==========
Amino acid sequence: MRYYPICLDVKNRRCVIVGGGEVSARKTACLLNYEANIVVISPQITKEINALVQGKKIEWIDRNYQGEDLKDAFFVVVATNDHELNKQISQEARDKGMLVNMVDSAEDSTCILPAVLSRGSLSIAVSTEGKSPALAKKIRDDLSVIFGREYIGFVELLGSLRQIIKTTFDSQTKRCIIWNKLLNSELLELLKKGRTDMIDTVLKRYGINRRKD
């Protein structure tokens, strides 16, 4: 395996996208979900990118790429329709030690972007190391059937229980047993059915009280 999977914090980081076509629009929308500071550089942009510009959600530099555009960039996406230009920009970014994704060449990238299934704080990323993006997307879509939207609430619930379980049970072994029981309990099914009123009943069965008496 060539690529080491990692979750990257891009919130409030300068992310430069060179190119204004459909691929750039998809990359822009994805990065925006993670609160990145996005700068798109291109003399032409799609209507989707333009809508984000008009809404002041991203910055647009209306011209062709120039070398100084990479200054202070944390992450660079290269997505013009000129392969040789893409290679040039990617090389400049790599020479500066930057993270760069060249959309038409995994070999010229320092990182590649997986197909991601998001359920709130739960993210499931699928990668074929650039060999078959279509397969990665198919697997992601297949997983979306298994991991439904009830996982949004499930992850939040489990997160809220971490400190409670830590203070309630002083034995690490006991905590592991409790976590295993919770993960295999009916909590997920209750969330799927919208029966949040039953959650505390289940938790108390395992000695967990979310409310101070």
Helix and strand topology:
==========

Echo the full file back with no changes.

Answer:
Amino acid sequence: MRYYPICLDVKNRRCVIVGGGEVSARKTACLLNYEANIVVISPQITKEINALVQGKKIEWIDRNYQGEDLKDAFFVVVATNDHELNKQISQEARDKGMLVNMVDSAEDSTCILPAVLSRGSLSIAVSTEGKSPALAKKIRDDLSVIFGREYIGFVELLGSLRQIIKTTFDSQTKRCIIWNKLLNSELLELLKKGRTDMIDTVLKRYGINRRKD
């Protein structure tokens, strides 16, 4: 395996996208979900990118790429329709030690972007190391059937229980047993059915009280 999977914090980081076509629009929308500071550089942009510009959600530099555009960039996406230009920009970014994704060449990238299934704080990323993006997307879509939207609430619930379980049970072994029981309990099914009123009943069965008496 060539690529080491990692979750990257891009919130409030300068992310430069060179190119204004459909691929750039998809990359822009994805990065925006993670609160990145996005700068798109291109003399032409799609209507989707333009809508984000008009809404002041991203910055647009209306011209062709120039070398100084990479200054202070944390992450660079290269997505013009000129392969040789893409290679040039990617090389400049790599020479500066930057993270760069060249959309038409995994070999010229320092990182590649997986197909991601998001359920709130739960993210499931699928990668074929650039060999078959279509397969990665198919697997992601297949997983979306298994991991439904009830996982949004499930992850939040489990997160809220971490400190409670830590203070309630002083034995690490006991905590592991409790976590295993919770993960295999009916909590997920209750969330799927919208029966949040039953959650505390289940938790108390395992000695967990979310409310101070």
Helix and strand topology: